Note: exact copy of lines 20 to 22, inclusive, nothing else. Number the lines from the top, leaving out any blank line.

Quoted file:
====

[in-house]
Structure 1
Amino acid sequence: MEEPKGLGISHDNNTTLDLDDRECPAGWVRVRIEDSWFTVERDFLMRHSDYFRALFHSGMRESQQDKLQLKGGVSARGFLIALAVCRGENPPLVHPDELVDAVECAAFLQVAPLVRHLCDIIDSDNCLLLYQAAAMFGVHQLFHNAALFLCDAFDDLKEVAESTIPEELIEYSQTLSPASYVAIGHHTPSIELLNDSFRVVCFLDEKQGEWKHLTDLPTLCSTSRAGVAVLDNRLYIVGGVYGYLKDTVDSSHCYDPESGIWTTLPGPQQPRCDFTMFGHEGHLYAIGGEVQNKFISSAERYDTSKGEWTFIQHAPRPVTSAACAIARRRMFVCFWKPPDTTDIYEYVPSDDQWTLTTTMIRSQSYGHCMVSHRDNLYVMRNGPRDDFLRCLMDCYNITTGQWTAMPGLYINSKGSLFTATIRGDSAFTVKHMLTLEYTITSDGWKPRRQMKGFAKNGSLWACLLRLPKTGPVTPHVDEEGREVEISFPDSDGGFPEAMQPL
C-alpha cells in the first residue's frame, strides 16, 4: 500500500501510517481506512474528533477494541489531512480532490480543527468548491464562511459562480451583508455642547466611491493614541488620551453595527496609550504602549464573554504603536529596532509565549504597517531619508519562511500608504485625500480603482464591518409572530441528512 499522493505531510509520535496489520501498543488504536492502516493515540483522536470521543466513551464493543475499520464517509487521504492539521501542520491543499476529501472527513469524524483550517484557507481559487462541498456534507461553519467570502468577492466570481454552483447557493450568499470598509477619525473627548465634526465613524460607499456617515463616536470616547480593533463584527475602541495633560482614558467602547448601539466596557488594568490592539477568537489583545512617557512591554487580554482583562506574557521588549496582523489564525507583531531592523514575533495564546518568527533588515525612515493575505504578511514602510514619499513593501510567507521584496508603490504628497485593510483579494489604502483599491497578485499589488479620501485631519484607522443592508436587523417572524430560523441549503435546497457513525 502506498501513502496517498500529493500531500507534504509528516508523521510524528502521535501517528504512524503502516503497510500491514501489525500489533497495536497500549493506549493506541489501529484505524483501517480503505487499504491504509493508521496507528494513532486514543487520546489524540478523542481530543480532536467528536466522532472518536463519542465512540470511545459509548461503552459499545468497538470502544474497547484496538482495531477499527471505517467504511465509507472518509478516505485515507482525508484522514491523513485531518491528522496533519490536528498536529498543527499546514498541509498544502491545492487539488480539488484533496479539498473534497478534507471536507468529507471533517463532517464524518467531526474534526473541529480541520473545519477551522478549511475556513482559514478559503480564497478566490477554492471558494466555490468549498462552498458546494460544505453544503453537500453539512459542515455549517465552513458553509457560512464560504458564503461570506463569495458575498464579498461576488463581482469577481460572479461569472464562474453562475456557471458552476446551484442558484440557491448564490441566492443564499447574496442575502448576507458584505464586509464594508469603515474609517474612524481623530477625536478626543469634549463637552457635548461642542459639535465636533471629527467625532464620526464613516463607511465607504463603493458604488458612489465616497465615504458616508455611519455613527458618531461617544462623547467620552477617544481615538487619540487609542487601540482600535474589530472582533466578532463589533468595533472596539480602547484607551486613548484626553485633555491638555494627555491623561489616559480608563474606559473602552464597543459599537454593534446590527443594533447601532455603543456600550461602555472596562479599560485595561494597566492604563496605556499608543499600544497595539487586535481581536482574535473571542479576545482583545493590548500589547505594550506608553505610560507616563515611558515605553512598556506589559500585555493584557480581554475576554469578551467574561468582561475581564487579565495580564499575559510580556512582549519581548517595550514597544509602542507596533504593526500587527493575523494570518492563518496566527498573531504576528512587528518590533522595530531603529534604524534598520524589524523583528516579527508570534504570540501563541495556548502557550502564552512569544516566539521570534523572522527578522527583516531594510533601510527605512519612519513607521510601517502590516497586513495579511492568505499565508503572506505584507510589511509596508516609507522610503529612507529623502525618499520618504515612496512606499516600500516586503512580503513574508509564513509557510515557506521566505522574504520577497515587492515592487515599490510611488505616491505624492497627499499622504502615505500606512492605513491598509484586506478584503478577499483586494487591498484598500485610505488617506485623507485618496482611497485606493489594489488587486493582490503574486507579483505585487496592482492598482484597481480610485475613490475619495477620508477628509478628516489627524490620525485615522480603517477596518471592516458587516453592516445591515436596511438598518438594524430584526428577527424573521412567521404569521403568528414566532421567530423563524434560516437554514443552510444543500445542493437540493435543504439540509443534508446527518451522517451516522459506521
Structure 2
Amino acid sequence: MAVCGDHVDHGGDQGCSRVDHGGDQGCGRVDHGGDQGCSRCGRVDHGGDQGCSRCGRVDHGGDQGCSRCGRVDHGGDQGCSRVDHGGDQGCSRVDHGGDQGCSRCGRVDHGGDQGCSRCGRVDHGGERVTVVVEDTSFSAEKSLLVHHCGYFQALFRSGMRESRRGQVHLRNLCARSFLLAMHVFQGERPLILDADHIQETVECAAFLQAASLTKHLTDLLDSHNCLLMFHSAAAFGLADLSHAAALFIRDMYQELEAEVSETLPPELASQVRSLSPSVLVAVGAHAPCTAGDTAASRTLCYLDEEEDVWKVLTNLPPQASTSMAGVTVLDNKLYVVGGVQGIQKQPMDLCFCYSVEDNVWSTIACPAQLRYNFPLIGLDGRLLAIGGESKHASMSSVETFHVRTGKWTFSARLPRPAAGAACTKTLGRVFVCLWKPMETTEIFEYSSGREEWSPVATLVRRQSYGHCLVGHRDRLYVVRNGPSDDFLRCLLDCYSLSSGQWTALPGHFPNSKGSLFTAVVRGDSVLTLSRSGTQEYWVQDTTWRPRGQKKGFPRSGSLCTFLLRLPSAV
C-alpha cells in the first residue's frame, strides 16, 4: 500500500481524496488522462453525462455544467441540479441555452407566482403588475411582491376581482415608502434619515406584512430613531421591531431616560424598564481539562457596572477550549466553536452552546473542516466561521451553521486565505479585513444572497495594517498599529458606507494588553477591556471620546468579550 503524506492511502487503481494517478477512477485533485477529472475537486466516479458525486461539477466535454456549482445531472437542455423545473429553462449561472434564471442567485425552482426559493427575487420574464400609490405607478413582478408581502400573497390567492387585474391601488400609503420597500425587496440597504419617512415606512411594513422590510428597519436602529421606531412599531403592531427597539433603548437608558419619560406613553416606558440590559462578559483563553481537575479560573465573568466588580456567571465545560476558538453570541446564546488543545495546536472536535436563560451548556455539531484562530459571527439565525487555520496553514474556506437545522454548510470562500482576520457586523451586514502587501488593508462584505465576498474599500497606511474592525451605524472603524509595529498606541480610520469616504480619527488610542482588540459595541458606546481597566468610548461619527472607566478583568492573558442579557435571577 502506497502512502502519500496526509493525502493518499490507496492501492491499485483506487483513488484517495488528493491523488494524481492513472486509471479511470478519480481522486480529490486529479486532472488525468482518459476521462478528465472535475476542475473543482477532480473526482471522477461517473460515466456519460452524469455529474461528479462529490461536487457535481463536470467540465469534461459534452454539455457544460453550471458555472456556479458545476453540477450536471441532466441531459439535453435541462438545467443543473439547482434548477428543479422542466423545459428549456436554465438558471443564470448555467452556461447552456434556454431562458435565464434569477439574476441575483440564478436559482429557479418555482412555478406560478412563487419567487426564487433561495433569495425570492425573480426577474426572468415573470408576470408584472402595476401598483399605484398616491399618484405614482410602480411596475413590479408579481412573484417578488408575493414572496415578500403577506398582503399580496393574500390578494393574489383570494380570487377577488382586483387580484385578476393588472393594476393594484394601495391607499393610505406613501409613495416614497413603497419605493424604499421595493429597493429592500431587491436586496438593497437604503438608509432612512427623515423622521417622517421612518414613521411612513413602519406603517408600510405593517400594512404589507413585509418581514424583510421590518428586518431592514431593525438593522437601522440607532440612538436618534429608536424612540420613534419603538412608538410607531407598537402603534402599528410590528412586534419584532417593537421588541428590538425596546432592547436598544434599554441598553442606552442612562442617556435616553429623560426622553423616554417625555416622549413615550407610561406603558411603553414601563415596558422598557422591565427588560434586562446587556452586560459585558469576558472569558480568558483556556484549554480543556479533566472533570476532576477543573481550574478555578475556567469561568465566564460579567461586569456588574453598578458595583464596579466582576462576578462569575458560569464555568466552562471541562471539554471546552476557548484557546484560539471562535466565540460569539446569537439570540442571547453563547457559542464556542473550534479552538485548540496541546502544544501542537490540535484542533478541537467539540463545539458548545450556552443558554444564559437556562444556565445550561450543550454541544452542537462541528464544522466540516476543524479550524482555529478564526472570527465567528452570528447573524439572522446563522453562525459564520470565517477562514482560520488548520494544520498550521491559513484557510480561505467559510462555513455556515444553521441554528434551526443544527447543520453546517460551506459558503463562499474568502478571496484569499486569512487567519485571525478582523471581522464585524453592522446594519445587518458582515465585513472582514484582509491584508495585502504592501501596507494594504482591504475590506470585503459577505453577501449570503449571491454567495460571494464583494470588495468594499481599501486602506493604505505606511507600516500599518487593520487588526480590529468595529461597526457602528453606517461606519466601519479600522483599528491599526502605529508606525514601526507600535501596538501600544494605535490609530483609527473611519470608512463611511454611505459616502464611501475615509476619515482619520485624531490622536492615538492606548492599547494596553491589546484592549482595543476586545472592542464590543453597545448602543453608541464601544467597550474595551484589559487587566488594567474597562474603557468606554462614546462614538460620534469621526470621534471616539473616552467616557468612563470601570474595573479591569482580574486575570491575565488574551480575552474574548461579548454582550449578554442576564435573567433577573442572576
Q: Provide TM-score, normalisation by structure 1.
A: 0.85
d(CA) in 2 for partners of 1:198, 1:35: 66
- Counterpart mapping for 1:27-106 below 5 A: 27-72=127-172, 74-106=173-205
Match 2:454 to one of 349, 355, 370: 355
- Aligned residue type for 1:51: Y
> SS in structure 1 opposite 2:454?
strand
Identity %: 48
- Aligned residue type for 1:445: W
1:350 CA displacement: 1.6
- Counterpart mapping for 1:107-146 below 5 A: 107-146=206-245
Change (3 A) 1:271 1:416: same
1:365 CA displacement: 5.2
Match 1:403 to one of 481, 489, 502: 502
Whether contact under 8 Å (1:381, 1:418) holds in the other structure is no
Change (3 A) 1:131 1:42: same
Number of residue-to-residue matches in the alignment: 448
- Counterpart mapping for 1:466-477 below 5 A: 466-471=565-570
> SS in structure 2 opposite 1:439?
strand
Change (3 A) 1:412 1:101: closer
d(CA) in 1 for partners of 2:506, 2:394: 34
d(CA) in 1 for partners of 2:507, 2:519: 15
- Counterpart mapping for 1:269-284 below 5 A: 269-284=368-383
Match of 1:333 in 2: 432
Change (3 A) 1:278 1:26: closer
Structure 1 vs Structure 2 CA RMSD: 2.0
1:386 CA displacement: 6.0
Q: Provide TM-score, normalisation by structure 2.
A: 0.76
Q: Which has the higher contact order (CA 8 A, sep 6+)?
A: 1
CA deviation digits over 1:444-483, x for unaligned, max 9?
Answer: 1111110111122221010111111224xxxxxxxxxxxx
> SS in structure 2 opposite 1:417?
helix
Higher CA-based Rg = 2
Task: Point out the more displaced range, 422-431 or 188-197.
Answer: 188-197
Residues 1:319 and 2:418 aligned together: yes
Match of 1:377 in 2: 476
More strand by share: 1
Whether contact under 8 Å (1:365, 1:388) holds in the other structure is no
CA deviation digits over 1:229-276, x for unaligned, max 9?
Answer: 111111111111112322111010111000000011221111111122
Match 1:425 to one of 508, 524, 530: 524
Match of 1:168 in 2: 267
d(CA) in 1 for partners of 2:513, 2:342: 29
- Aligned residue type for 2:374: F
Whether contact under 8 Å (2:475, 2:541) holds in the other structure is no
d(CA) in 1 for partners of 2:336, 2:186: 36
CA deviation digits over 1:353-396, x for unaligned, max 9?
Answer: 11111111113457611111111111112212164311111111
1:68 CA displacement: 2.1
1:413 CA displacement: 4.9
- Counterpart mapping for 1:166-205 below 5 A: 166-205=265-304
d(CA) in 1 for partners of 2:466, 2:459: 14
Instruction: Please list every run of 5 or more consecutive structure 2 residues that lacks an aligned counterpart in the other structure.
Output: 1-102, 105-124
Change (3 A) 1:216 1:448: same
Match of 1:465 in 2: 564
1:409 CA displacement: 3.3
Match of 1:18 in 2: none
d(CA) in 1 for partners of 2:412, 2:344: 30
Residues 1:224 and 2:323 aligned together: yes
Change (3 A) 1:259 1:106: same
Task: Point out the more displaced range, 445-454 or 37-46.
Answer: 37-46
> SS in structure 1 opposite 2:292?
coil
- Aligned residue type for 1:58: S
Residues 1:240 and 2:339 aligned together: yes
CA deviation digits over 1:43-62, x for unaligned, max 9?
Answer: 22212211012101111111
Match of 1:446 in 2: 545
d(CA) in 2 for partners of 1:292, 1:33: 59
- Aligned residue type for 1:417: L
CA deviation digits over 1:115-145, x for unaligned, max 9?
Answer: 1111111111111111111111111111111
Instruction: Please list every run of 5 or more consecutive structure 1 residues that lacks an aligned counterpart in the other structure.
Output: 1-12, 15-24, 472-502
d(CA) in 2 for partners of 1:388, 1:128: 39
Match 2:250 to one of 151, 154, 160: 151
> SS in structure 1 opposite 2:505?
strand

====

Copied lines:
Change (3 A) 1:271 1:416: same
1:365 CA displacement: 5.2
Match 1:403 to one of 481, 489, 502: 502